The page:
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Accidental Eden
Accidental Eden

Accidental Eden

Hippie Days on Lasqueti Island


256 Pages, 6.11 x 8.97

Formats: Trade Paper

Trade Paper, $24.95 (US $24.95) (CA $24.95)

Publication Date: October 2014

ISBN 9781927575529

Rights: US

Caitlin Press Inc. (Oct 2014)

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Lasqueti Island has a rowdy and divided reputation. Between the 1970s and early ?80s, the island attracted a flood of counter-culture seekers - communards, hippies, utopians, revolutionaries and other exotic characters looking for an alternative lifestyle. Today many perceive it as a romantic fantasy: an existence of bucolic peace, surrounded by isolation and wild nature, a great place to bring up children and a grand place to grow old. Yet many others would disagree, believing these islanders to be "inbred hermits," unfettered by social niceties or the rule of the law. Many consider them troglodytes who hide out from authorities, grow or brew drugs and vandalize what they can for pure amusement. Regardless of its reputation, Lasqueti Island is one of the least populated and least known of Canada's Gulf Islands. ACCIDENTAL EDEN explores both its eccentric days and its political accomplishments. The Islanders' efforts to convince BC Hydro to re-route the Cheekeye-Dunsmuir powerline around, rather than over, the island was an outstanding accomplishment, changing the way BC Hydro managed its power delivery into rural areas. These stories are a unique collection of unusual tales, hippy communes, curious characters and, whether perceived as good or bad, an irreplaceable era in British Columbia's history.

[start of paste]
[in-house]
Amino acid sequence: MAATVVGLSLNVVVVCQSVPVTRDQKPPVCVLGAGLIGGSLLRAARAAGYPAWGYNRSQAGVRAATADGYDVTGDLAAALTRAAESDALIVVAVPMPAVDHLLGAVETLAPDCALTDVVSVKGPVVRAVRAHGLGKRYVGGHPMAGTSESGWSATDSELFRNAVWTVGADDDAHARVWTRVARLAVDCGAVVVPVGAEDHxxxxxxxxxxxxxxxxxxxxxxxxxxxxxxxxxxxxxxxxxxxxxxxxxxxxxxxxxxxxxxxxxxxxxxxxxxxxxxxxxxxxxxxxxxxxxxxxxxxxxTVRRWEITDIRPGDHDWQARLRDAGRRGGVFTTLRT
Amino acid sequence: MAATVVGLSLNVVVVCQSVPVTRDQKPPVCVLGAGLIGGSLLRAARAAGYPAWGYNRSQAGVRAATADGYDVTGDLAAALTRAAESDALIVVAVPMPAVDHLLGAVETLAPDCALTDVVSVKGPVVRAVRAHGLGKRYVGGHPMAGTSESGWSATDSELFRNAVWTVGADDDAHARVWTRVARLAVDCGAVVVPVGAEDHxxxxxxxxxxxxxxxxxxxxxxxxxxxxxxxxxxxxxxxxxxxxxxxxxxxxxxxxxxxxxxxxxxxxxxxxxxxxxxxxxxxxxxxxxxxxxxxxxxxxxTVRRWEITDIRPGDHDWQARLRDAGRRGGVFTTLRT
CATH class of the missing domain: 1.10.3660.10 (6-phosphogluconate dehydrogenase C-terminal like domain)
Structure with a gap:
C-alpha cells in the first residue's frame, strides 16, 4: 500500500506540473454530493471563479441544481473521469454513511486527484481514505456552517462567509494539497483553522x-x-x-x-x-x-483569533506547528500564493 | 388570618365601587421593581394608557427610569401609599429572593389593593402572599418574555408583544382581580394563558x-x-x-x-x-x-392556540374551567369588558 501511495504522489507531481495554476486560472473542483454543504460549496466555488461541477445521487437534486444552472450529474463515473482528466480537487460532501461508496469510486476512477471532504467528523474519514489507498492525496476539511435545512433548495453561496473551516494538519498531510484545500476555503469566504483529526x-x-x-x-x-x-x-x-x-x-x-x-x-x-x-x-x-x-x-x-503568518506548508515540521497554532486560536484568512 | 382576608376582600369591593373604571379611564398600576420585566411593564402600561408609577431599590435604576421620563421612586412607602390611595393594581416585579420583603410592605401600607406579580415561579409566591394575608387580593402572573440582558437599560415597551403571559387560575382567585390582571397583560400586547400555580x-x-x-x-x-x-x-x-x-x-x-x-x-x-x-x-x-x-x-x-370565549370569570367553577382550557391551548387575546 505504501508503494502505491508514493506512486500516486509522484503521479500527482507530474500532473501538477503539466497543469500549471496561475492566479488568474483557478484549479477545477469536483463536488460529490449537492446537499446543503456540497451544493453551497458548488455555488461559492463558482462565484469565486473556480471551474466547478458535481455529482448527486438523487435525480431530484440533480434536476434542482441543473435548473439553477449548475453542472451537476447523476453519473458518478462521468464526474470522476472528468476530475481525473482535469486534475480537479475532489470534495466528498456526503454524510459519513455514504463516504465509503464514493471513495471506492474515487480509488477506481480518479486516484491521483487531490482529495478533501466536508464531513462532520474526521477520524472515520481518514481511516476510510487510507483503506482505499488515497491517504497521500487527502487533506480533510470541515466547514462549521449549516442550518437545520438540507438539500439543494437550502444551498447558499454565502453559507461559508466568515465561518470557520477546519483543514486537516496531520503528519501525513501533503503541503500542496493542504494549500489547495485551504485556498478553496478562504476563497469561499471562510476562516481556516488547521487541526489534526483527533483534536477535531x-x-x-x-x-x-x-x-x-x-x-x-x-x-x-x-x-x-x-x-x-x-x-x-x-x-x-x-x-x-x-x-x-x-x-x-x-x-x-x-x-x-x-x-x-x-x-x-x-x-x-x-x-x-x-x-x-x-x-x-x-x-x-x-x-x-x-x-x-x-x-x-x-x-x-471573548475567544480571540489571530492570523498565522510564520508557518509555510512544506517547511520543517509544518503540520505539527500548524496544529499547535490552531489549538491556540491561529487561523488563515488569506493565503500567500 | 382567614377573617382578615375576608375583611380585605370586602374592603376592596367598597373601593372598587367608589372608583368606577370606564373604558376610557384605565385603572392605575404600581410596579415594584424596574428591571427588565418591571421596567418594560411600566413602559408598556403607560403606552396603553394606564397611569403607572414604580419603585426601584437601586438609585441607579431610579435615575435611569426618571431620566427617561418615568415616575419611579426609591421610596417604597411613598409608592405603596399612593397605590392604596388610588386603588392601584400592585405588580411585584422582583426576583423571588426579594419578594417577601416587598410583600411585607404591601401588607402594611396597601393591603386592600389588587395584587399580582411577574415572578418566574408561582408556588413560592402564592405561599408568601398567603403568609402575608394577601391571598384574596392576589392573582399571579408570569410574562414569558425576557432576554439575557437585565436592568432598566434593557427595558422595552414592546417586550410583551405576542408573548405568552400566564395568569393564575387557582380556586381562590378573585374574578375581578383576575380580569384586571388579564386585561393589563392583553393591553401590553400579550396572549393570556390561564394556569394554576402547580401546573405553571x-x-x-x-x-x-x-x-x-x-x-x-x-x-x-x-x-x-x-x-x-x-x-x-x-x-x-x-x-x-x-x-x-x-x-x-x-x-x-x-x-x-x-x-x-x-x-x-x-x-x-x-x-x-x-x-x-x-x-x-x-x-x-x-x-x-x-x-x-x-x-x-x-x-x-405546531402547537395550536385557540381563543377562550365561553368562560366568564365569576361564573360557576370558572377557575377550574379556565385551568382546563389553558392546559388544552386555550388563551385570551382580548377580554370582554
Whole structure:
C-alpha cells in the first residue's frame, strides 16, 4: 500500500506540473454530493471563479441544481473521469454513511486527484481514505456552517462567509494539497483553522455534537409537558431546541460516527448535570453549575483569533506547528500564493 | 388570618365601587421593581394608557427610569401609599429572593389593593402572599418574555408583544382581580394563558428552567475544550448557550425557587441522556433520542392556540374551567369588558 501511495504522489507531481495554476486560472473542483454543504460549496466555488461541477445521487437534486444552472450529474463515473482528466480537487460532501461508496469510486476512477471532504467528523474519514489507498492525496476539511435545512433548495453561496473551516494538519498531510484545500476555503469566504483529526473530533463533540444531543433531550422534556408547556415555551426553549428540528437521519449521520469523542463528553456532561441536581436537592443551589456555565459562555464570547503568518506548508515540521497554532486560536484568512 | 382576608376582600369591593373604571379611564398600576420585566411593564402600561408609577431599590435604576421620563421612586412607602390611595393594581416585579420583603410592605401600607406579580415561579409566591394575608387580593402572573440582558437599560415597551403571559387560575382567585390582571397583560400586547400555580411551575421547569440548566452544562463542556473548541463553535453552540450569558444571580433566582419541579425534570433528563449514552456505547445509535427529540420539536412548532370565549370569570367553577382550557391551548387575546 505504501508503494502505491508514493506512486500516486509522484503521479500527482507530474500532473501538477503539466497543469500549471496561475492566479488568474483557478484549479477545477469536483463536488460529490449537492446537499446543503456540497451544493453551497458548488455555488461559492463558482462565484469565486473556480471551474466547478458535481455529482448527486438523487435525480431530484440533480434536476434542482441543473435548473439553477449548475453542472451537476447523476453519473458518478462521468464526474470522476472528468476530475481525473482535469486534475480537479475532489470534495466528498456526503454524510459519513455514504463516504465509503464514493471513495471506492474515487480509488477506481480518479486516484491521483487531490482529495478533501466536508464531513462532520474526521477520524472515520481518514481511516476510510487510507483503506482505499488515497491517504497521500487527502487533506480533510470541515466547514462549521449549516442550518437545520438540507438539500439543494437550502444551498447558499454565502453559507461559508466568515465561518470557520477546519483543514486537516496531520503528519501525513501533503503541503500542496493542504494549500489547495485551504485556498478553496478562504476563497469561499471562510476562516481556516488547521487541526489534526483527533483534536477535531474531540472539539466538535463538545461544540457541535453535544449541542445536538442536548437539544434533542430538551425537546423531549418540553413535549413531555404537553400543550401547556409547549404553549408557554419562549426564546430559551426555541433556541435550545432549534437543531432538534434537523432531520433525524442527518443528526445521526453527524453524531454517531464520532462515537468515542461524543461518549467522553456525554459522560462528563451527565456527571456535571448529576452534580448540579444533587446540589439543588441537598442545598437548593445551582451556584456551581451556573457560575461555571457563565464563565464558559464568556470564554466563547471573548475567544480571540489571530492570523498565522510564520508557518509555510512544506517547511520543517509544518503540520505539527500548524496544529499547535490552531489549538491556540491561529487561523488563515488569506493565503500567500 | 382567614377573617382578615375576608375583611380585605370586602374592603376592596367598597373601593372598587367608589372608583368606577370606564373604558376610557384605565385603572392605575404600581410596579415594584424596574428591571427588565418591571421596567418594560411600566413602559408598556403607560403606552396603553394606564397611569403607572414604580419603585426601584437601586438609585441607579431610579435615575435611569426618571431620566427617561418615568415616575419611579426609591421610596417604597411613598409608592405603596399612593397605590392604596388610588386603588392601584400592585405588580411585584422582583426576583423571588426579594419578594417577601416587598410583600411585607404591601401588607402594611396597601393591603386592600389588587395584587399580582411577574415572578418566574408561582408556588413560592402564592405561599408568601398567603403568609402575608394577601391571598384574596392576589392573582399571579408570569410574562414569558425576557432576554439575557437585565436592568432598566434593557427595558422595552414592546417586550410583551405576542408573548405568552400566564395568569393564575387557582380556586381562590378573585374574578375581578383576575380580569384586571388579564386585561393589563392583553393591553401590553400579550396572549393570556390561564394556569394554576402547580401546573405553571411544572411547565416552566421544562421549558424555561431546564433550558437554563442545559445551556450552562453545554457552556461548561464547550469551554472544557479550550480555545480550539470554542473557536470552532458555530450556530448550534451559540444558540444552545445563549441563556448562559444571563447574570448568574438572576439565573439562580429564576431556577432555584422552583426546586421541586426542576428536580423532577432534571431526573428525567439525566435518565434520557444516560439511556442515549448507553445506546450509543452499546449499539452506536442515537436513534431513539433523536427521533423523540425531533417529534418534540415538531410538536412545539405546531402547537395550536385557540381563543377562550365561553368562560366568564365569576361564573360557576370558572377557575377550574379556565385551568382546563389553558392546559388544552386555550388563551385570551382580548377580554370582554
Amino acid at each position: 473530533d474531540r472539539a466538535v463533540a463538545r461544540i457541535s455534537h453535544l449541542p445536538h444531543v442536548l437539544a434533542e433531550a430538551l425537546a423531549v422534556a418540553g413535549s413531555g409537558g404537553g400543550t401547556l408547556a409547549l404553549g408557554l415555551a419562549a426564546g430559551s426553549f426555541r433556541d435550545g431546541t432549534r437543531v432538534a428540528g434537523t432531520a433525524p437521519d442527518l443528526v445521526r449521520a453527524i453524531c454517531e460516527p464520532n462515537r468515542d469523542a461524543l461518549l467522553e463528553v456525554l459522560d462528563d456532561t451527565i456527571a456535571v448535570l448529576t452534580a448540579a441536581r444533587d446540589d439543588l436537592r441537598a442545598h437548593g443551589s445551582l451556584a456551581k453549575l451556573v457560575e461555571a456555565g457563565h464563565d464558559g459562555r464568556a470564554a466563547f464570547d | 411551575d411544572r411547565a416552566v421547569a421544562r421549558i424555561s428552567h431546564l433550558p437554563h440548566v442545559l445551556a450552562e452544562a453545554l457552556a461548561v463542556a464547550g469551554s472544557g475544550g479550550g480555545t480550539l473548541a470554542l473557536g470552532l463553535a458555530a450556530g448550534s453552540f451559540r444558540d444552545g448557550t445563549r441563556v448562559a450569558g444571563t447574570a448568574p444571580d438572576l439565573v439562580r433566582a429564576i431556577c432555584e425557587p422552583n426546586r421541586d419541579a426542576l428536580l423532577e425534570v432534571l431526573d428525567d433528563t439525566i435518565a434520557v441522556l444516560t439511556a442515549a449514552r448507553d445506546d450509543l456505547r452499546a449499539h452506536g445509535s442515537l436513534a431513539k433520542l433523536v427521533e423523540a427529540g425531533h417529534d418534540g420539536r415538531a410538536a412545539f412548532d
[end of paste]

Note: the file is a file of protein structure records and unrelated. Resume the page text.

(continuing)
"Douglas Hamilton and Darlene Olesko have given us another great history…about the exceptional collection of gifted, idealistic, stoic, and profoundly eccentric refugees, drifters, misfits, and outlaws who washed up in the middle of the Strait of Georgia, on Lasqueti Island, in these years." — BC Studies

Author Biography

Douglas L. Hamilton was born in Washington DC, and received an MA in history from the University of California, Riverside. Inspired after a brief vacation to British Columbia in the early 1970s, he moved to Lasqueti Island where he built a squatter's shack made of driftwood on an isolated beach. Soon after, he became interested in writing history pieces for magazines, and his stories have appeared in PACIFIC YACHTING, RAINCOAST CHRONICLES, CANADIAN WEST and TRUE WEST. His book SOBERINGDILEMMA: A HISTORY OF PROHIBITION IN BRITISH COLUMBIA was published by Ronsdale Press in 2004. Hamilton now lives on his property on Lasqueti Island, with his partner, her harpsichord, three cows and a flock of chickens. Darlene K. Olesko was born in Portland, Oregon, but was drawn to Lasqueti Island during the "back to the land" movement in 1971. She has many creative outlets, including music, writing, painting and building stuff. Darlene represented Lasqueti Island with an article and map in ISLANDS IN THE SALISH SEA and co-authored and illustrated the first LASQUETI ISLAND COOKBOOK. She continues to live on Lasqueti Island at the very end of Spinster Flats Road (where the ditch is washed out) and enjoys her grandsons' company, snow sports, travelling, kayaking, biking and endless manual labor on her sixteen acres.